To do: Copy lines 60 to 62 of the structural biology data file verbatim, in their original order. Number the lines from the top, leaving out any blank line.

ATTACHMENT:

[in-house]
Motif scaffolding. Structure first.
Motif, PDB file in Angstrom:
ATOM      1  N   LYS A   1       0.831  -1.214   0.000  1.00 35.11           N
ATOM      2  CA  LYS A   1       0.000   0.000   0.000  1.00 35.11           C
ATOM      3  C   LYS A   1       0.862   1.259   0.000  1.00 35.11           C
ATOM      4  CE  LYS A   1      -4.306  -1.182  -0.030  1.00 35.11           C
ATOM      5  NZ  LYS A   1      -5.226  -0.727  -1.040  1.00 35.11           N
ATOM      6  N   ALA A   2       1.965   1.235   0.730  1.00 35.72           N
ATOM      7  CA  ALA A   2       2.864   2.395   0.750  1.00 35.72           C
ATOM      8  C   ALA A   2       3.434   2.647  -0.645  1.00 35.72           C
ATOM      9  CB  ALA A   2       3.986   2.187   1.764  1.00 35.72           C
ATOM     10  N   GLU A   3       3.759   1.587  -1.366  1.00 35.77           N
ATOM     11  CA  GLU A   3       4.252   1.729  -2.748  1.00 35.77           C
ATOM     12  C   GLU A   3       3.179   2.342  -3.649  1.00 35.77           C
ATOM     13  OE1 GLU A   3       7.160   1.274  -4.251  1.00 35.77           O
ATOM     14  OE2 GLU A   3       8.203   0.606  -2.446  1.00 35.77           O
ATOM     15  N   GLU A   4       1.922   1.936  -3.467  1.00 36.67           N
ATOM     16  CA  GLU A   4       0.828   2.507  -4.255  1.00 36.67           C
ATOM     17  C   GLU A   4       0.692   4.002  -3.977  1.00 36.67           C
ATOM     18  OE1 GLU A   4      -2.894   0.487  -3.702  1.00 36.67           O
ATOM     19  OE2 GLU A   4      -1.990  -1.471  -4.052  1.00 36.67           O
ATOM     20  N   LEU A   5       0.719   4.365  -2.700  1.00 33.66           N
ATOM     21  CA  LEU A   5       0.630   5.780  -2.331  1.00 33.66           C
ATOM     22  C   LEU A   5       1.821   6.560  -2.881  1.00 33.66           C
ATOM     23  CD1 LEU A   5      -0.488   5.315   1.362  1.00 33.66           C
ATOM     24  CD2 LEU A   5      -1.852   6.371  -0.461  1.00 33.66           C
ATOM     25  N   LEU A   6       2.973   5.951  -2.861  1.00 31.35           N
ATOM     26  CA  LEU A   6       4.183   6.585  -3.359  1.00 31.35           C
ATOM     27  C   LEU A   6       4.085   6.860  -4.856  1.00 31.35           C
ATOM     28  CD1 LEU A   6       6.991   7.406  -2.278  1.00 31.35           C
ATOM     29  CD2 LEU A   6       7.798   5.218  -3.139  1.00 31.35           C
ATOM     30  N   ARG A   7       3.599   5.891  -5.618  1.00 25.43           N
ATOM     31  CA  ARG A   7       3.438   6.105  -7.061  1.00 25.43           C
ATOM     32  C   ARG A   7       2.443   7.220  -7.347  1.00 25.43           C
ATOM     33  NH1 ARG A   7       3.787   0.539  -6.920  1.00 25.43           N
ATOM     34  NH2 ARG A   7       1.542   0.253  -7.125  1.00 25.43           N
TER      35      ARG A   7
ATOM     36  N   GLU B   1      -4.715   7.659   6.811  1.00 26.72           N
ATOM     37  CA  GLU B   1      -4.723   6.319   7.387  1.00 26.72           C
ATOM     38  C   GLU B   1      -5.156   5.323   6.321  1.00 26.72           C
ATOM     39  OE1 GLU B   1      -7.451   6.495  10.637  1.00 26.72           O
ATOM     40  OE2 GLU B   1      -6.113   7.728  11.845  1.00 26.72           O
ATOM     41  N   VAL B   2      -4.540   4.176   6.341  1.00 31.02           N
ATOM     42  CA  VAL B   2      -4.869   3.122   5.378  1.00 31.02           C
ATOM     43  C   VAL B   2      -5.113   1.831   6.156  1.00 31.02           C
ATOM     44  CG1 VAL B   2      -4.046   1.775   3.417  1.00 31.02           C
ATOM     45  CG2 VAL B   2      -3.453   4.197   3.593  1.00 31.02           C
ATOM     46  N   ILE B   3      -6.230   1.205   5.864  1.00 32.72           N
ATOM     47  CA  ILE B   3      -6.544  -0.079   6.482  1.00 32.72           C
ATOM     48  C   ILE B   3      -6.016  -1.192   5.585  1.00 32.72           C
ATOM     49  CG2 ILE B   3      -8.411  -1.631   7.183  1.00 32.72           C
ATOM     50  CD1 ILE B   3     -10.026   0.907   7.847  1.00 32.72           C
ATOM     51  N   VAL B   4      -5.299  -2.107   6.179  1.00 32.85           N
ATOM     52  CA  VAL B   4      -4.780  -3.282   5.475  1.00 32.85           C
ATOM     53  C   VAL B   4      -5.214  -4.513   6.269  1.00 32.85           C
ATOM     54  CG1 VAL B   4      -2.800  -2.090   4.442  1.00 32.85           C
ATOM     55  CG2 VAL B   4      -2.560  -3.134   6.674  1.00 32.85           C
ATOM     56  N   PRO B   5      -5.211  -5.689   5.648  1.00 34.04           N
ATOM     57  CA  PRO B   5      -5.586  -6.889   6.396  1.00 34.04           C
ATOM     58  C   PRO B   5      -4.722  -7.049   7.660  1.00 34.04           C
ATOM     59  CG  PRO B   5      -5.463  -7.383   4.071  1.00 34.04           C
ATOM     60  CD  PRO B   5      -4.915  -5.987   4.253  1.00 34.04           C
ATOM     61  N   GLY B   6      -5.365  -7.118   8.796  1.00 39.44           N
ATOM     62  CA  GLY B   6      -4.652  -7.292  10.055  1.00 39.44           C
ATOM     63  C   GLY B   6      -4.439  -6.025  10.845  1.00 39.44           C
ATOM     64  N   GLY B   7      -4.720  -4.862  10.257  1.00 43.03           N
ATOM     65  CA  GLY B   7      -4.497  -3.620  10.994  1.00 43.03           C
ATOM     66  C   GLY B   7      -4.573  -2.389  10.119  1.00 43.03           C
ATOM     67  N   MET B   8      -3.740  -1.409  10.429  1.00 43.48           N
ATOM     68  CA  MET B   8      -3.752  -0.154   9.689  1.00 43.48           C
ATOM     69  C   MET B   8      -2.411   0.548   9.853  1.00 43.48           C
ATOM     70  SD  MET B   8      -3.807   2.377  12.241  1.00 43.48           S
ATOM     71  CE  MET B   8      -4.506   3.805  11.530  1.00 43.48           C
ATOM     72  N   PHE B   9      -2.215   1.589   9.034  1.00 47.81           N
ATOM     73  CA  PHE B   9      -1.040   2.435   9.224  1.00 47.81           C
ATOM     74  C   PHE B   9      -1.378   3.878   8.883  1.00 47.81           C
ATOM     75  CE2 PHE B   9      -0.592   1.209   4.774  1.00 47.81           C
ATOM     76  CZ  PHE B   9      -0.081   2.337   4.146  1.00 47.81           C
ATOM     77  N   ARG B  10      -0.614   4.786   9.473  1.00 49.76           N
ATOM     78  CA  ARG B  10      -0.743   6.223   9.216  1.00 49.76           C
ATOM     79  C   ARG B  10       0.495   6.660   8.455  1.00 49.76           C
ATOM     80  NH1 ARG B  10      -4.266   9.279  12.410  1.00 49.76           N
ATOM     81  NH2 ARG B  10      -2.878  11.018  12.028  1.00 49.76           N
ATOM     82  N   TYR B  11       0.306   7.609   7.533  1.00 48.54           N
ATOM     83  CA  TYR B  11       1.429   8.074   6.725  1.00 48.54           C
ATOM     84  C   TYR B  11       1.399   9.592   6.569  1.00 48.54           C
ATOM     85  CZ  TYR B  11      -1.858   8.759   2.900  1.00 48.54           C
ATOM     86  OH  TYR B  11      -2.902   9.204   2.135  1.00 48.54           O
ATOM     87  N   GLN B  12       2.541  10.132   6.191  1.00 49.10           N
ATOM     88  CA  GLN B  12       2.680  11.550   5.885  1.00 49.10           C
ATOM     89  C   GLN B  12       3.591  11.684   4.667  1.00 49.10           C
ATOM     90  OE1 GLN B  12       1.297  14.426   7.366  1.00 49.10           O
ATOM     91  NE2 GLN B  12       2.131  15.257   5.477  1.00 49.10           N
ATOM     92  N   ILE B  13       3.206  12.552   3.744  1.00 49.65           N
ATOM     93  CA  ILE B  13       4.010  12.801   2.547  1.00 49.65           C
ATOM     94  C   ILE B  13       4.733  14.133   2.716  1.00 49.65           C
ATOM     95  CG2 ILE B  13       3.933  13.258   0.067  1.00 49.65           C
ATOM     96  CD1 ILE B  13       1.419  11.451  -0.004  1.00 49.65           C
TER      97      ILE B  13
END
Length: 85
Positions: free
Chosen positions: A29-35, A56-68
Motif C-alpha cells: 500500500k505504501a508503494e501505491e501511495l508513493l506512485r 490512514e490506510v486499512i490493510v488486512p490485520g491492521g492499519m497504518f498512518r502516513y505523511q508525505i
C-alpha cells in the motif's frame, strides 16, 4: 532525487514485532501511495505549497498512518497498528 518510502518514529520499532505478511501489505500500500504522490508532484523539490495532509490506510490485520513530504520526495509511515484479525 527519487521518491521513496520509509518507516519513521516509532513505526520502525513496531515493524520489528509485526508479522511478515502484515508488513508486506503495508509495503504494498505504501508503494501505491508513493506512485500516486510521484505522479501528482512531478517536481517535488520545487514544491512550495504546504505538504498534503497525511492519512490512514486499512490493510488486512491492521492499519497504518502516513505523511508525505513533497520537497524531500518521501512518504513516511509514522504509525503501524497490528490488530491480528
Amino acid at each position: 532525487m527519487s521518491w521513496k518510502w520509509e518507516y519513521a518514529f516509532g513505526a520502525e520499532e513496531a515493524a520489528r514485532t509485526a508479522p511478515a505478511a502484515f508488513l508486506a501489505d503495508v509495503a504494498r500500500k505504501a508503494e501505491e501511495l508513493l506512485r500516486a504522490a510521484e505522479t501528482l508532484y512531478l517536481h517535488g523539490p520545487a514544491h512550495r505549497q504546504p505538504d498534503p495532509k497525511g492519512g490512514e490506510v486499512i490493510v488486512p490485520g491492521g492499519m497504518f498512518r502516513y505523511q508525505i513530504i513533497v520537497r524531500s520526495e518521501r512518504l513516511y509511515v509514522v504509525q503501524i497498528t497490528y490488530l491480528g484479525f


ATOM     57  CA  PRO B   5      -5.586  -6.889   6.396  1.00 34.04           C
ATOM     58  C   PRO B   5      -4.722  -7.049   7.660  1.00 34.04           C
ATOM     59  CG  PRO B   5      -5.463  -7.383   4.071  1.00 34.04           C